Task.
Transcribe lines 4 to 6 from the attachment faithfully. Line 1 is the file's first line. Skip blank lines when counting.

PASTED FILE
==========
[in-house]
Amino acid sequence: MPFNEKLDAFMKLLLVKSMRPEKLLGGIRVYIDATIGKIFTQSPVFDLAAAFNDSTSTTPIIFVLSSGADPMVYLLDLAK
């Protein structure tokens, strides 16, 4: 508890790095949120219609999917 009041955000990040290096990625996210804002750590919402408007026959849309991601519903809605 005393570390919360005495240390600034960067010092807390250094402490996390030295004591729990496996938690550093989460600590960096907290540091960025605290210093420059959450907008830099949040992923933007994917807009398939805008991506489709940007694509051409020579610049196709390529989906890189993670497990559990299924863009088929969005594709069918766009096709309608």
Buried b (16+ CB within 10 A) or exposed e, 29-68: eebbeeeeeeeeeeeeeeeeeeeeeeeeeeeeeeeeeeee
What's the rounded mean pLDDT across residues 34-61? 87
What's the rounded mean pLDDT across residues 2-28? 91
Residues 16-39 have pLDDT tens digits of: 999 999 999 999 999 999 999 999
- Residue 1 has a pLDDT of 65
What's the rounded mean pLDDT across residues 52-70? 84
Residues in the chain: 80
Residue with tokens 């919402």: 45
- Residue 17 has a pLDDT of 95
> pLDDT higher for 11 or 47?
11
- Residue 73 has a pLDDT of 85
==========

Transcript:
Buried b (16+ CB within 10 A) or exposed e, 29-68: eebbeeeeeeeeeeeeeeeeeeeeeeeeeeeeeeeeeeee
What's the rounded mean pLDDT across residues 34-61? 87
What's the rounded mean pLDDT across residues 2-28? 91